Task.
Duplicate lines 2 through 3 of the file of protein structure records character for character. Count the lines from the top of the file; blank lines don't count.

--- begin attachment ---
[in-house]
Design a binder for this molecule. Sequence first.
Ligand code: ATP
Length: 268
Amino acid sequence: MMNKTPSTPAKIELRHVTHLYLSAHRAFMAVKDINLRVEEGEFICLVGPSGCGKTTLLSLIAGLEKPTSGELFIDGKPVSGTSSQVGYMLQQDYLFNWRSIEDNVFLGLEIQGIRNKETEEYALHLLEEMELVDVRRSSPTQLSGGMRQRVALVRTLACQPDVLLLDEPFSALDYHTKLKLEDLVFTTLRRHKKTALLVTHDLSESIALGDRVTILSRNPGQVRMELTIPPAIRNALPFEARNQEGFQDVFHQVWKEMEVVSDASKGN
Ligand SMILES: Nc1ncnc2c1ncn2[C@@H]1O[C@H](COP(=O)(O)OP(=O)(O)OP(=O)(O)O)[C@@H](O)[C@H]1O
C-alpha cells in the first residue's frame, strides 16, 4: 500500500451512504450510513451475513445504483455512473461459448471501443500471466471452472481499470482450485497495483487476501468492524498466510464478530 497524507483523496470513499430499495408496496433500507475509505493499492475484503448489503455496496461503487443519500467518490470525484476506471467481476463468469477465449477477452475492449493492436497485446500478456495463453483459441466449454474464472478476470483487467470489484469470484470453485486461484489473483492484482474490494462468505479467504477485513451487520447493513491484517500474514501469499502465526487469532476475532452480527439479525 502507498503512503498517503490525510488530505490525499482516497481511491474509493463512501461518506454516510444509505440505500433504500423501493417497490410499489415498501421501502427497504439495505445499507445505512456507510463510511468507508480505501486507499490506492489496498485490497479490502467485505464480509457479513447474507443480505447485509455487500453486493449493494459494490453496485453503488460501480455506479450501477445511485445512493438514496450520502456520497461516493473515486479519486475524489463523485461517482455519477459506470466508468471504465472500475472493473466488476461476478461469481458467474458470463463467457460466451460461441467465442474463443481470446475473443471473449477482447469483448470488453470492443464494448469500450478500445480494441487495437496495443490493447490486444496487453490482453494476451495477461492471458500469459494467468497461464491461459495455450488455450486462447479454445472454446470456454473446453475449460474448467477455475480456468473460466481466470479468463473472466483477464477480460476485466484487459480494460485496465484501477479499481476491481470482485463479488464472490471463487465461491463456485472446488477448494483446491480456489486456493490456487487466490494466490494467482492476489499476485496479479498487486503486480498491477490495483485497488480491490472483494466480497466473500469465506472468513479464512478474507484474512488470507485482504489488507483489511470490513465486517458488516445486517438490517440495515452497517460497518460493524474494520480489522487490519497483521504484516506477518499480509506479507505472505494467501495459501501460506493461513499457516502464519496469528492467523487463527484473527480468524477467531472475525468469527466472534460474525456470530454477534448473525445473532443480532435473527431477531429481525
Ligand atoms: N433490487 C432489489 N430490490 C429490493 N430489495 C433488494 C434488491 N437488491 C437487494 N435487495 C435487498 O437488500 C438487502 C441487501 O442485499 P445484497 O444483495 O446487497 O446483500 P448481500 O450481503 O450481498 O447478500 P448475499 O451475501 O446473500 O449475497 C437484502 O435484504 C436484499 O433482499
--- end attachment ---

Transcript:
Design a binder for this molecule. Sequence first.
Ligand code: ATP